The New York Times’ financial section, interestingly enough, did a report on how to know if your home contains Chinese drywall. While most of the signs have been featured in this blog, there are certain tips and tricks the article mentions that are unique and clever for detecting the presence of the dangerous gases that the toxic wallboard emits.
Jennifer Saranow Schultz notes
If your home has central air-conditioning, Danny Lipford, a television home improvement expert, recommends hanging a piece of silver jewelry or a silver utensil on a string in front of the return air filter and watching it over a few days to see if it corrodes. It’s a trick he learned about at a recent industry event.
According to Mr. Lipford, most of the Chinese drywall tends to be in homes that were built or remodeled in recent years by larger contractors and builders. The Consumer Product Safety Commission said it had received nearly 2,000 reports from residents in 30 states, the District of Columbia and Puerto Rico, most of whom said their homes were built in 2006 and 2007. The most reports have come from Florida.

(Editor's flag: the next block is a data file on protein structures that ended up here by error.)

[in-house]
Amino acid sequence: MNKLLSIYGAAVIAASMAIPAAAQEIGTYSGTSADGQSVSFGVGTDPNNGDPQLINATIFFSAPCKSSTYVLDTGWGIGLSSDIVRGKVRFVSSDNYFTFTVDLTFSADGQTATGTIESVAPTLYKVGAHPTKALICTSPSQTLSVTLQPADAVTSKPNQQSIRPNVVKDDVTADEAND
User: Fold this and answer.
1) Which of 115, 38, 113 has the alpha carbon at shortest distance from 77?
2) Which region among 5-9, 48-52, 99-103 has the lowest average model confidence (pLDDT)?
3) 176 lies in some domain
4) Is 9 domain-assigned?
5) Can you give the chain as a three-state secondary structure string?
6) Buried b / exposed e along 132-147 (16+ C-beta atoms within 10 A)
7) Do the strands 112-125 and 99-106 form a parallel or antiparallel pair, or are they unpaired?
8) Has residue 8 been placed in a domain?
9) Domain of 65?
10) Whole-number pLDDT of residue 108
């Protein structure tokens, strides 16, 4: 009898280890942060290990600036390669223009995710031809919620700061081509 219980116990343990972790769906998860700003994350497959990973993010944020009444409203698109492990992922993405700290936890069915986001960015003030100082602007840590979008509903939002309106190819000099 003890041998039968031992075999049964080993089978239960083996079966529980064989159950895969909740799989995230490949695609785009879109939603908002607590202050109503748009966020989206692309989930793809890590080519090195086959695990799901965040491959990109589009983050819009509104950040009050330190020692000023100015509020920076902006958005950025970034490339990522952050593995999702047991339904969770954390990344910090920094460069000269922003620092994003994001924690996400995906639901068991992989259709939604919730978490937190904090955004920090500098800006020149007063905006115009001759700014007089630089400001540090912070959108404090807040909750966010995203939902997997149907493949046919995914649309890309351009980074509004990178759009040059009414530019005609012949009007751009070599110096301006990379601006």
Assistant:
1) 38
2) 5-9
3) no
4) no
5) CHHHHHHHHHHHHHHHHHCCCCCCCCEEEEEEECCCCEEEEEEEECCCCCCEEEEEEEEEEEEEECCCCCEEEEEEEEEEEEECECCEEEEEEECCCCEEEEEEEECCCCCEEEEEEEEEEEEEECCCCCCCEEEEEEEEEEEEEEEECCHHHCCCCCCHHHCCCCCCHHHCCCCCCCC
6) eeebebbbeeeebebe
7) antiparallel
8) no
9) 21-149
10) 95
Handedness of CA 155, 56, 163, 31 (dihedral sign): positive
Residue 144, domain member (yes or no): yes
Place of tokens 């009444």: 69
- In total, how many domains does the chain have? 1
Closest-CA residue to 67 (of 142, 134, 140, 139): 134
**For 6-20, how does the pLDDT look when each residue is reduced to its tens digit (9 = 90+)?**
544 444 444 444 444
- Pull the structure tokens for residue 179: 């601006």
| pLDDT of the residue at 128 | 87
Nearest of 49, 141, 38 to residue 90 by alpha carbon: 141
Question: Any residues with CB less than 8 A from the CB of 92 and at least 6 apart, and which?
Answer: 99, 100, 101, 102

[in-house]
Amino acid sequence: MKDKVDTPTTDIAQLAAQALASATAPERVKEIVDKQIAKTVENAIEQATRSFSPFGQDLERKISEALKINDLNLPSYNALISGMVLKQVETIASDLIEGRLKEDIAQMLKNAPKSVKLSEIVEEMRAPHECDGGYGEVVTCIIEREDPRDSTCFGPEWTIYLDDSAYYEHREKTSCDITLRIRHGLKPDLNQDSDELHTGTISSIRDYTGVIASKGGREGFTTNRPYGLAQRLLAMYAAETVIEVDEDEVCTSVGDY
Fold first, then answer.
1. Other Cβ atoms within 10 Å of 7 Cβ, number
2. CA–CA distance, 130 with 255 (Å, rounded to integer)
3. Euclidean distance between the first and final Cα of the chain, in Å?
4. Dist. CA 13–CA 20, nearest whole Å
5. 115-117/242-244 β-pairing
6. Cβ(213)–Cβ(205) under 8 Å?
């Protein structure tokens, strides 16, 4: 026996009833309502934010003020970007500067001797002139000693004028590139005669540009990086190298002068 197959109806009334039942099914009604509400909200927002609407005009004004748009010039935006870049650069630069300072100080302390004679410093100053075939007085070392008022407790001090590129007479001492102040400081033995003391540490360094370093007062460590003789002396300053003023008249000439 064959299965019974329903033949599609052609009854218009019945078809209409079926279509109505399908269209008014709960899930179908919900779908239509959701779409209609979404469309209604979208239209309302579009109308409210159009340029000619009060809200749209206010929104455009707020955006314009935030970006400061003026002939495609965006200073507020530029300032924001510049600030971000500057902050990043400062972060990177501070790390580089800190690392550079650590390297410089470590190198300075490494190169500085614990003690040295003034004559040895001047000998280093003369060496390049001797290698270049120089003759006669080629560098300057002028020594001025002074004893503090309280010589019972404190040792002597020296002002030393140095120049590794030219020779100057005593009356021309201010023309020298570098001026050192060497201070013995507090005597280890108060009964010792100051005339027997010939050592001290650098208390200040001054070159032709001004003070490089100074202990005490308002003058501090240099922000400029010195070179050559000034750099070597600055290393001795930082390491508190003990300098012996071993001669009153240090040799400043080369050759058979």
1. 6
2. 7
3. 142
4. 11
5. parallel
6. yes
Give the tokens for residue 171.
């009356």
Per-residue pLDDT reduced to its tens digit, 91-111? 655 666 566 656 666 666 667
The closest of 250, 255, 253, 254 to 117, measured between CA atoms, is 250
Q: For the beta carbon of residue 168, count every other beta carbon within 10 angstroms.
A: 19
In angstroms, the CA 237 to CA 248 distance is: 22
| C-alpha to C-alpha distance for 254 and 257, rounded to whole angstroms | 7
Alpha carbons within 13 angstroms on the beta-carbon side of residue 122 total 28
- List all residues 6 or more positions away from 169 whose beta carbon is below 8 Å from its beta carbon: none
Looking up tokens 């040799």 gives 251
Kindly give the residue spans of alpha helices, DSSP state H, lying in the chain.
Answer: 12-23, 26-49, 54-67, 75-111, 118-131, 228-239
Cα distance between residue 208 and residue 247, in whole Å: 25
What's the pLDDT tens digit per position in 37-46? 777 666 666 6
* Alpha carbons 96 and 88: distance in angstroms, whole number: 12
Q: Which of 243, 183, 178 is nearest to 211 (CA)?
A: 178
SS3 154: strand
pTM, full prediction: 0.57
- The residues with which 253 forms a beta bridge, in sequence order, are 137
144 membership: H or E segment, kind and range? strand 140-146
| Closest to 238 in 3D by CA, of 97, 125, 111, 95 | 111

If you suspect your home has Chinese drywall, Mr. Lipford suggests going into your attic and raking back insulation to see if you can find a made-in-China stamp or the name of a manufacturer, though not all Chinese drywall has such markings. You may also want to hire a building inspector to confirm the presence of the drywall, consult with a lawyer about your options and contact your home builder, who may be able to work something out with you. The Consumer Product Safety Commission also wants all consumers to report complaints here.
While, again, including many commonly known traits or facts regarding Chinese drywall, the article is an interesting piece and is highly recommended.